The US Food and Drug Administration has approved the first drug for the treatment of seasonal affective disorder, or SAD. Wellbutrin XL, made by GlaxoSmithKline, is intended to treat the approximate 6% of US men and women suffering from major seasonal depression. The drug was previously approved to treat major depressive disorder (MDD).
Depressive episodes linked to SAD may last up to six months and normally happen during the darker months of the year, in fall and winter, when there’s less sunlight. People suffering from SAD may experience depression at other times of the year, but to be diagnosed with SAD, the number of seasonal episodes must substantially outnumber the non-season episodes. This is what differentiates SAD from standard depressive disorders.
Symptoms of seasonal affective disorder include depressed mood, weight/appetite changes, insomnia or hypersomnia, agitation or psychomotor difficulties, loss of interest, fatigue, feelings or guilt or worthlessness, impaired concentration, and suicidal thoughts and/or behavior.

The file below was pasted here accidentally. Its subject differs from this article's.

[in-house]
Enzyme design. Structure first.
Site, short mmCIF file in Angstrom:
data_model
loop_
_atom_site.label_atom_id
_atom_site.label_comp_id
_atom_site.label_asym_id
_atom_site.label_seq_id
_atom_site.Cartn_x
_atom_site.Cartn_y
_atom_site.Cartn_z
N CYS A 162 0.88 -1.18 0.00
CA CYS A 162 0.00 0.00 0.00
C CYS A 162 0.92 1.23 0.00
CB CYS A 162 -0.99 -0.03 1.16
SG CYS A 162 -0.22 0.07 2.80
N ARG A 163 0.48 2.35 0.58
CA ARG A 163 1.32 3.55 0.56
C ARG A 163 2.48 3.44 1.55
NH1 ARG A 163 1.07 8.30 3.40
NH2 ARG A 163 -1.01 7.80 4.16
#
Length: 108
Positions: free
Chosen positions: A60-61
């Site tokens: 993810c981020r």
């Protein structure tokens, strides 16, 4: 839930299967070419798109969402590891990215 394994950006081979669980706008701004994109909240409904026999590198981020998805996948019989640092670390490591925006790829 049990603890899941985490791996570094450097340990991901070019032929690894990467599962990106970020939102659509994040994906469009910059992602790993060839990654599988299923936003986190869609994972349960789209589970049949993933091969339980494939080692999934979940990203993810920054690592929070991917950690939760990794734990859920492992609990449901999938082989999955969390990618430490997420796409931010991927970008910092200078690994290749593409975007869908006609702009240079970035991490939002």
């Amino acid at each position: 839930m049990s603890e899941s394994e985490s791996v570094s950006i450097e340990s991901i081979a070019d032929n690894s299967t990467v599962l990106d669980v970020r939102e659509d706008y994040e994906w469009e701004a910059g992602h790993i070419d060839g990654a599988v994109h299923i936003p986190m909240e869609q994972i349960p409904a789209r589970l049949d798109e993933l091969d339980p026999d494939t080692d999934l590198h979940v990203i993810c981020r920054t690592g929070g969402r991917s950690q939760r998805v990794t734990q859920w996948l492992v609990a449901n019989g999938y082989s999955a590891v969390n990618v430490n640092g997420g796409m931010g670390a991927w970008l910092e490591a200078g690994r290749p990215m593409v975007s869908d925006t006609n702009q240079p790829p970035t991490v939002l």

Individuals suffering from major depression also suffer the presence of significant distress or social, occupational or other impairments in functioning. SAD episodes are defined by the same sorts of problems.
Dr. Steven Galson, director for the FDA’s Centers for Drug Evaluation and Research, says, “Seasonal affective disorder can significantly impair the quality of life of patients with this condition.”
Wellbutrin’s efficacy was proved through three double-blind placebo-controlled studies. A combined analysis of the trials showed the drug reduces the chance of developing a seasonal major depressive episode by 44 percent.
The drug contains a black box warning regarding the risk of suicidal thoughts or behavior in children treated with antidepressants. Other side effects include anxiety, agitation and insomnia.